The Delusion of Burt the Bunny

Burt has fallen under the delusion that he is a rabbit. His friends don't come around much anymore, the psychiatrist has thrown in the towel, and so his family has decided to take matters into their own hands.

The problem seems rather obvious to them, and the solution well within reach. However, much to their dismay, all attempts to explain to Burt that he is really a human resulted in a confused wiggle of the nose. Holding a mirror up to his face, they asked him what he saw, and of course he said "Me!", and hopped away in disgust.

After talking it over among themselves, the family decided to meet him where he was and see if they could gently lead him out of his delusion. They proceeded to describe to him how wonderful it is to realize your true humanness. No more digging holes in the ground, enduring the wrath of the neighbor when he was caught nibbling in the cabbage patch. The freedom, the joy of riding a bicycle, playing a round of golf

After weeks of preaching to Burt about the wonders of human realization, he started to get interested in the possibility, and tentatively asked a few questions, the most pointed of which was "Okay, how do I come to realize my human nature?" After all, if there was some vegetable garden of Eden to be found, surely there must be a path to this garden, and Burt was willing to give it a try.

They hadn't actually anticipated this question and it presented a bit of a dilemma. You see, they knew that Burt's identity as a rabbit was entirely in his imagination, but it's from this identity that the desire to realize his humanness can even arise. The desire to realize his humanness, which they had worked so hard to encourage in Burt, is really as imaginary as the identity through which he wants to realize his humanness. Actually, they pondered, Burt is already what he seeks, and is in fact the one seeking it. The desire is the desire to be what he already is, and the desire itself is based entirely on a misunderstanding of what he is. Now he's left with two delusions instead of one; the delusion that he is a rabbit, and the delusion that this rabbit can realize it's humanness.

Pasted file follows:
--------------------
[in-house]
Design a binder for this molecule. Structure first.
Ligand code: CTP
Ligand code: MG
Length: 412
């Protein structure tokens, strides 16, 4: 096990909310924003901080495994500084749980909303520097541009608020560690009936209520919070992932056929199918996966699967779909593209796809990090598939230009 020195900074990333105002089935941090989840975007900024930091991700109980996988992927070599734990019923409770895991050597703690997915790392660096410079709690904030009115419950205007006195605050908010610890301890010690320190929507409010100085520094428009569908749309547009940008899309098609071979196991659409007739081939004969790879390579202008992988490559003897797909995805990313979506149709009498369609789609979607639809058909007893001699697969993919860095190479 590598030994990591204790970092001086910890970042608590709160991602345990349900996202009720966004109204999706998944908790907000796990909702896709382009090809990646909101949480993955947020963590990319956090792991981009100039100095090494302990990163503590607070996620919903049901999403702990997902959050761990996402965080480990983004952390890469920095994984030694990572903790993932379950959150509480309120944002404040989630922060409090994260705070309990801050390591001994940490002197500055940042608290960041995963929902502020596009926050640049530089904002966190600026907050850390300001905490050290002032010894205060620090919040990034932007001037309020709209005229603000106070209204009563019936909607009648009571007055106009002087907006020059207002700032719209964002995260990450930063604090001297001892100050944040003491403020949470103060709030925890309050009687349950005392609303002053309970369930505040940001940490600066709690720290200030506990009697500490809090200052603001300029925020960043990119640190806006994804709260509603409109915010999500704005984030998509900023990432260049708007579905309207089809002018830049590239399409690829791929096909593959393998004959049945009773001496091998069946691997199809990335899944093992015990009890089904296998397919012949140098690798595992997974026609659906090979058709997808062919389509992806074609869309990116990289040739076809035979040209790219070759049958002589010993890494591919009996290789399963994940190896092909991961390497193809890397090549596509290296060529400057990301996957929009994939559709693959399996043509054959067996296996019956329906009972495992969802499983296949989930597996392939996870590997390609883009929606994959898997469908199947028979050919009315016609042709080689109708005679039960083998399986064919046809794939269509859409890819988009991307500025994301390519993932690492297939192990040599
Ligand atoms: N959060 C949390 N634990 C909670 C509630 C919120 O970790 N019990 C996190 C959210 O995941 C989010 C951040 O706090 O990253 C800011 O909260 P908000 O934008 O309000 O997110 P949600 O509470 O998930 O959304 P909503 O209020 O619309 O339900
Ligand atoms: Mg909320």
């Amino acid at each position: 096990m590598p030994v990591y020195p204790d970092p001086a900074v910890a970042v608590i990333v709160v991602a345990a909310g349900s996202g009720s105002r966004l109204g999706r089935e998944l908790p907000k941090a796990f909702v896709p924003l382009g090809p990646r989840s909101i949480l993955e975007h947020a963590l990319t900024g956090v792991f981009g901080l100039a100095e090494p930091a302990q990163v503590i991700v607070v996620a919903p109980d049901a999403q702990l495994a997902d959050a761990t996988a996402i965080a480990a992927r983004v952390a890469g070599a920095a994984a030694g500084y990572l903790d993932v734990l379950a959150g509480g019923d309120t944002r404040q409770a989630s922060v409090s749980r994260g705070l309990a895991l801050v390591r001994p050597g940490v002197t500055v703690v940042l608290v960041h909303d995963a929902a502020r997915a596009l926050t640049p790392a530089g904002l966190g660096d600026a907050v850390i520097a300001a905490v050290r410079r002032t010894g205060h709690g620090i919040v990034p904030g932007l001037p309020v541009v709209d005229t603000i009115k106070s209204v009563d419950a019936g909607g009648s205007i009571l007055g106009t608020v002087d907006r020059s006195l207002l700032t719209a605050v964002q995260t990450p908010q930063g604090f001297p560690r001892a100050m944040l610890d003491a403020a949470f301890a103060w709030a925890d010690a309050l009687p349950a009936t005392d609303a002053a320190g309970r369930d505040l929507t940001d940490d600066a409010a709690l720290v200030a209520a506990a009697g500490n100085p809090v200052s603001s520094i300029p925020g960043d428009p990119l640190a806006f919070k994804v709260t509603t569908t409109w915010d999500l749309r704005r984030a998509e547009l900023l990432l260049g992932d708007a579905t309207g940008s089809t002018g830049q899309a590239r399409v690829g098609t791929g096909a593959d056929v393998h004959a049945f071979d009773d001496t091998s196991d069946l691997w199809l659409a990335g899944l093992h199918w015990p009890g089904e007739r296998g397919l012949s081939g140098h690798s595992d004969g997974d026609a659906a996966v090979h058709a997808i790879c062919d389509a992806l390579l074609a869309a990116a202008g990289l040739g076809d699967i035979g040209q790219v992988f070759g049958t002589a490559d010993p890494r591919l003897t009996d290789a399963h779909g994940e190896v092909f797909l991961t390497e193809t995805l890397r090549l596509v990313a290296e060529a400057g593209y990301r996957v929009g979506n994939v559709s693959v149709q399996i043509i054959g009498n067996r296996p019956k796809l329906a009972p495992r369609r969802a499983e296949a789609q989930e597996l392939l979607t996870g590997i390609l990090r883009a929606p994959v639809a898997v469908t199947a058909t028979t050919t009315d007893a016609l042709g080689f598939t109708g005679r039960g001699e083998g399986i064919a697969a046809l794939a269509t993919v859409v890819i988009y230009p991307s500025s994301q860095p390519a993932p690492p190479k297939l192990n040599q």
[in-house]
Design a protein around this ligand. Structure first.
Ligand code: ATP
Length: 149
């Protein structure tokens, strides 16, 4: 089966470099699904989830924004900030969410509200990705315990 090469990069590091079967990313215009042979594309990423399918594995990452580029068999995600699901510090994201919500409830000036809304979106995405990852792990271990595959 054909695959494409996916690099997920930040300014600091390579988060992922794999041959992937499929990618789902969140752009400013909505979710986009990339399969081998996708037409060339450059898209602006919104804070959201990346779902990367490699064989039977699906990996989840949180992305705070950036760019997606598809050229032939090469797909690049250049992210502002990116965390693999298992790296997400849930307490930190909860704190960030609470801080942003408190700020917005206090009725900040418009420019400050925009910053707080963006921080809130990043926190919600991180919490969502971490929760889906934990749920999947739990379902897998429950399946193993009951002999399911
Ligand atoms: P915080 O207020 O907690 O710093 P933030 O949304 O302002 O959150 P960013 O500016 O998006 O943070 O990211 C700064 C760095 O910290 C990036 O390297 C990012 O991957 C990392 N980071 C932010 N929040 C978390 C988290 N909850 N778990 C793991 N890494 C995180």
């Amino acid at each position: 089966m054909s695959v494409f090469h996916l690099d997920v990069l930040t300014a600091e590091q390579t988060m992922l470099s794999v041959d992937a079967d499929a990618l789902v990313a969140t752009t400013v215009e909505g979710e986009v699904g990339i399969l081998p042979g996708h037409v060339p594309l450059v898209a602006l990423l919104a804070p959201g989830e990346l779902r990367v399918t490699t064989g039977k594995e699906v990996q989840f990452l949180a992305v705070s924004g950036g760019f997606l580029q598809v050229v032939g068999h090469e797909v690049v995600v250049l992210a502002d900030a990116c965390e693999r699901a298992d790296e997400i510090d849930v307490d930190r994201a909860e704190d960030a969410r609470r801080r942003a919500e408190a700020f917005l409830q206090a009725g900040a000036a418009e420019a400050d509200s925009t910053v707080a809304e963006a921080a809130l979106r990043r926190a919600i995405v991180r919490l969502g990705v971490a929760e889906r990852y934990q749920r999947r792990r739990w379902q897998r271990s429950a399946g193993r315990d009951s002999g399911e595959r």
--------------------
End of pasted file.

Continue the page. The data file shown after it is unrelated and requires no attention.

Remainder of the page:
The dilemma is further exacerbated by the fact that the whole plan was destined to fail from the start, since of course Burt's identity as a rabbit cannot possibly succeed in realizing it's humanness as the identity itself would simply vanish at the precise moment of realization, eliminating the very reason for even realizing it, and so the best that can be hoped for is a total failure to awaken. There isn't actually a rabbit there that can awaken, there is only Burt, who never for a moment stopped being Burt. In fact, there's now the possibility that Burt may fall under a third delusion; that he is a rabbit who in fact has realized his true human identity. The image of Burt preaching his 'Awakening to humanness' to his fellow rabbits struck terror in the hearts of the family and they grew quiet for a long time.

The next day, saddened and silently, they brought a basket of carrots out to the garden and fed Burt his lunch......and stroked his fur.....

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Self Actualization

"To identify oneself as a separate entity in a universe that refuses to acknowledge and support that separateness, is suffering."

Phil Beaumont

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